Now, if you have followed this rather dry argument, I shall probably have your concurrence when I say, that the proposal that the State should intervene to secure, not an all-round minimum wage, but the same wages for the same work, and nothing less than the standard rate of his particular work for every worker, is not a proposition that the State should do something new, or exceptional, or impracticable. It is a proposal that the State should do for the weakest and most helpless trades what the strongly-organised trades already do for themselves. I cannot see that there is anything unreasonable, much less revolutionary or subversive, in that suggestion.
This proposal has taken practical form in a Bill presented to the House of Commons last session. Whether the measure reached its second reading or not I do not know. It was a Bill for the establishment of Wages Boards in certain industries employing great numbers of workpeople, such as tailoring, shirtmaking, and so on. The industries selected were those in which the employes, though numerous, are hopelessly disorganised and unable to make a bargain for themselves. And the Bill provided that where any six persons, whether masters or employes, applied to the Home Secretary for the establishment of a Wages Board, such a Board should be created in the particular industry and district concerned; that it should consist of representatives of employers and employed in equal proportions, with an impartial chairman; and that it should have the widest possible discretion to fix rates of remuneration. If Wages Boards were established, as the Bill proposed, they would simply do for sweated trades what is already constantly being done in organised trades, with no doubt one important difference, that the decisions of these Boards would be enforceable by law. Now that no doubt may seem to many of you a drastic proposition. But I would strongly recommend any one interested in the subject to study a recently-published Blue-book, one of the most interesting I have ever read, which contains the evidence given before the House of Commons Committee on Home Work. That Blue-book throws floods of light on the conditions which have led to the proposal of Wages Boards, on the way in which these Boards would be likely to work, and on the results of the operation of such Boards in the Colony of Victoria, where they have existed for more than ten years, and now apply to more than forty industries. The perusal of that evidence would, I feel sure, remove some at least of the most obvious objections to this proposed remedy for sweating.
Many people look askance, and justly look askance, at the interference of the State in anything so complicated and technical as a schedule of wages for any particular industry. But the point to bear in mind is this, that the wages, which under this proposal would be enforceable by law, would be wages that had been fixed for a particular industry in a particular district by persons intimately cognisant with all the circumstances, and, more than that, by persons having the deepest common interest to avoid anything which could injure the industry. The rates of remuneration so arrived at would be based on the consideration of what the employers could afford to pay and yet retain such a reasonable rate of profit as would lead to their remaining in the industry. Such a regulation of wages would be as great a protection to the best employers against the cut-throat competition of unscrupulous rivals as it would be to the workers against being compelled to sell their labour for less than its value. There is plenty of evidence that the regulation of wages would be welcomed by many employers. And as for the fear sometimes expressed, that it would injure the weakest and least efficient workers, because, with increased wages, it would no longer be profitable to employ them, it must be borne in mind that people of that class are mainly home workers, and as remuneration for home work must be based on the piece, there would be no reason why they should not continue to be employed. No doubt they would not benefit as much as more efficient workers from increased rates, but pro tanto they would still benefit, and that is a consideration of great importance. But even if this were not the case, I would still contend, that it was unjustifiable to allow thousands of people to remain in a preventable state of misery and degradation all their lives, merely in order to keep a tenth of their number out of the workhouse a few years longer.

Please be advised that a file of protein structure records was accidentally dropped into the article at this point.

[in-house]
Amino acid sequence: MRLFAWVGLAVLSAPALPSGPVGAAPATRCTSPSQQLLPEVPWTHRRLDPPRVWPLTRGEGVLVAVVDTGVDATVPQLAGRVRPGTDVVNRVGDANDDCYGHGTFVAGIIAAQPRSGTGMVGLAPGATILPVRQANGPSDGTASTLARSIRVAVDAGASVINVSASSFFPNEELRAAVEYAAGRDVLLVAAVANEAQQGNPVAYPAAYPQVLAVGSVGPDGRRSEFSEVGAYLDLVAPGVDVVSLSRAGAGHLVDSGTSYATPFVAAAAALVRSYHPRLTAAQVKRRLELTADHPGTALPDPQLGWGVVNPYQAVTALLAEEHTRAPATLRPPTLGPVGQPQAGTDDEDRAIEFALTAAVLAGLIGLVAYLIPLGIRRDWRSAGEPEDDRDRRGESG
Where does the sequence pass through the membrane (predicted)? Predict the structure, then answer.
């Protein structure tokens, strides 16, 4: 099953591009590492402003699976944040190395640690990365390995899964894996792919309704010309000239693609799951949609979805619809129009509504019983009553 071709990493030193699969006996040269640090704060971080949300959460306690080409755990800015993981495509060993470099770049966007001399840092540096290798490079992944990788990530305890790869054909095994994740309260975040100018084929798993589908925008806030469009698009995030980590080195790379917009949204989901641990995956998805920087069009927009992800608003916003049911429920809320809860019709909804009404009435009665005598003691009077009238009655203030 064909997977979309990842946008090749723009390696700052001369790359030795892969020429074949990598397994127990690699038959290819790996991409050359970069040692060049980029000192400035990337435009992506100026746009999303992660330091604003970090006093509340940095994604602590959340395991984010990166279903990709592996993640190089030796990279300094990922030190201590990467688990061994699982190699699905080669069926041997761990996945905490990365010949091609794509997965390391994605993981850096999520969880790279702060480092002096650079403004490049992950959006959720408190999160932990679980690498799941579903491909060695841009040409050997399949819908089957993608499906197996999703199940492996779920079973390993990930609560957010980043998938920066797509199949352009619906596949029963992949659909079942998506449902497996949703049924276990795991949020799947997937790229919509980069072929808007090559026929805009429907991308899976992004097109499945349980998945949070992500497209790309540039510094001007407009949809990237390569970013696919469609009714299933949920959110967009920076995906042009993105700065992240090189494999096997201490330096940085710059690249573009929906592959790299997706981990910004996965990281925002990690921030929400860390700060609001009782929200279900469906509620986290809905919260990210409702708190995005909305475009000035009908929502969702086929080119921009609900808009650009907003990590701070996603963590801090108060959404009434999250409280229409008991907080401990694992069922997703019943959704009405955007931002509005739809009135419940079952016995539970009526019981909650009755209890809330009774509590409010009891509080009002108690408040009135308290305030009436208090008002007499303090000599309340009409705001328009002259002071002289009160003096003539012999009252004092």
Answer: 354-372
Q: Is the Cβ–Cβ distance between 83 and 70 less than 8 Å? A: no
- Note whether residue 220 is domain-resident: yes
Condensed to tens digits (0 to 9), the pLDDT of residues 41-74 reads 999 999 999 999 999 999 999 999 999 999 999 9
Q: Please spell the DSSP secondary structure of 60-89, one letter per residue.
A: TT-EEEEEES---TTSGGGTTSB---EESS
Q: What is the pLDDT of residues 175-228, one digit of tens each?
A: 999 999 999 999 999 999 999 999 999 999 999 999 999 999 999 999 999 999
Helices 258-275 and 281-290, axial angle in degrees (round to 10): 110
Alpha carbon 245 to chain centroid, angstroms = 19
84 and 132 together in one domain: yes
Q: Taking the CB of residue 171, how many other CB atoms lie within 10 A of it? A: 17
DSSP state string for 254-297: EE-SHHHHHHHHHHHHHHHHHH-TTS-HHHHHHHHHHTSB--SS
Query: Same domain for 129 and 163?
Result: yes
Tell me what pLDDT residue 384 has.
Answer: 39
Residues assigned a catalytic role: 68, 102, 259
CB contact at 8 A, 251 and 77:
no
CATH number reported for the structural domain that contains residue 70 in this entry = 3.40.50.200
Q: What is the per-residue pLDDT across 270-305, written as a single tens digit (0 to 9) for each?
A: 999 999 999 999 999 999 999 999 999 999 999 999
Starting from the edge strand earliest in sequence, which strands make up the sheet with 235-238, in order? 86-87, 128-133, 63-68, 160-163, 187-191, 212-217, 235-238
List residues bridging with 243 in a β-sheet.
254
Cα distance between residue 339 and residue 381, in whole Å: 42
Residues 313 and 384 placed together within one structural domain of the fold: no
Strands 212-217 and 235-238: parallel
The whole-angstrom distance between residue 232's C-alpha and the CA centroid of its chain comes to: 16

I have only one more word to say. I come back to the supreme interest of the community in the efficiency and welfare of all its members, to say nothing of the removal of the stain upon its honour and conscience which continued tolerance of this evil involves. That to my mind is the greatest consideration of all. That is the true reason, as it would be the sufficient justification, for the intervention of the State. And, or my own part, I feel no doubt that, whether by the adoption of such a measure as we have been considering, or by some other enactment, steps will before long be taken for the removal of this national disgrace.
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